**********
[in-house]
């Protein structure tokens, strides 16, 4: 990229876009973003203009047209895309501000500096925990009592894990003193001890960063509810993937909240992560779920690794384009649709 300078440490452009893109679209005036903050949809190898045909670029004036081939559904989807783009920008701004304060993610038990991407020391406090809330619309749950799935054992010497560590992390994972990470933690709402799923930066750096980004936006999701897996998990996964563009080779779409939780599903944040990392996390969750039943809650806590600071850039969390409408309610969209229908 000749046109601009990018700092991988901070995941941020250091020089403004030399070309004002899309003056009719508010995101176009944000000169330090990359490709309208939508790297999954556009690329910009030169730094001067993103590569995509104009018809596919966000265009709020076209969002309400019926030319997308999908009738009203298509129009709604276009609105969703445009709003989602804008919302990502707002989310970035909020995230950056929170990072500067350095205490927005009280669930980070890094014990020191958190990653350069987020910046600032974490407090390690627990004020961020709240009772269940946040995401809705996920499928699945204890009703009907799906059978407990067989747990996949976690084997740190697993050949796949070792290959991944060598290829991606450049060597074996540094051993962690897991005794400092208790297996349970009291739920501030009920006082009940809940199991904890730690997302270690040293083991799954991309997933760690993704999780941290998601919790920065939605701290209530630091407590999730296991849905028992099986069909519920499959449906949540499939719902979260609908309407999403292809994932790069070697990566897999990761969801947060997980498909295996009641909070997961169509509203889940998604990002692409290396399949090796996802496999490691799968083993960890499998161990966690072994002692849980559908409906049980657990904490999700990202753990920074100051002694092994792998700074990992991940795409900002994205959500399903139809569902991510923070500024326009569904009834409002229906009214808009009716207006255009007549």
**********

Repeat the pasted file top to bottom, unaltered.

[in-house]
């Protein structure tokens, strides 16, 4: 990229876009973003203009047209895309501000500096925990009592894990003193001890960063509810993937909240992560779920690794384009649709 300078440490452009893109679209005036903050949809190898045909670029004036081939559904989807783009920008701004304060993610038990991407020391406090809330619309749950799935054992010497560590992390994972990470933690709402799923930066750096980004936006999701897996998990996964563009080779779409939780599903944040990392996390969750039943809650806590600071850039969390409408309610969209229908 000749046109601009990018700092991988901070995941941020250091020089403004030399070309004002899309003056009719508010995101176009944000000169330090990359490709309208939508790297999954556009690329910009030169730094001067993103590569995509104009018809596919966000265009709020076209969002309400019926030319997308999908009738009203298509129009709604276009609105969703445009709003989602804008919302990502707002989310970035909020995230950056929170990072500067350095205490927005009280669930980070890094014990020191958190990653350069987020910046600032974490407090390690627990004020961020709240009772269940946040995401809705996920499928699945204890009703009907799906059978407990067989747990996949976690084997740190697993050949796949070792290959991944060598290829991606450049060597074996540094051993962690897991005794400092208790297996349970009291739920501030009920006082009940809940199991904890730690997302270690040293083991799954991309997933760690993704999780941290998601919790920065939605701290209530630091407590999730296991849905028992099986069909519920499959449906949540499939719902979260609908309407999403292809994932790069070697990566897999990761969801947060997980498909295996009641909070997961169509509203889940998604990002692409290396399949090796996802496999490691799968083993960890499998161990966690072994002692849980559908409906049980657990904490999700990202753990920074100051002694092994792998700074990992991940795409900002994205959500399903139809569902991510923070500024326009569904009834409002229906009214808009009716207006255009007549």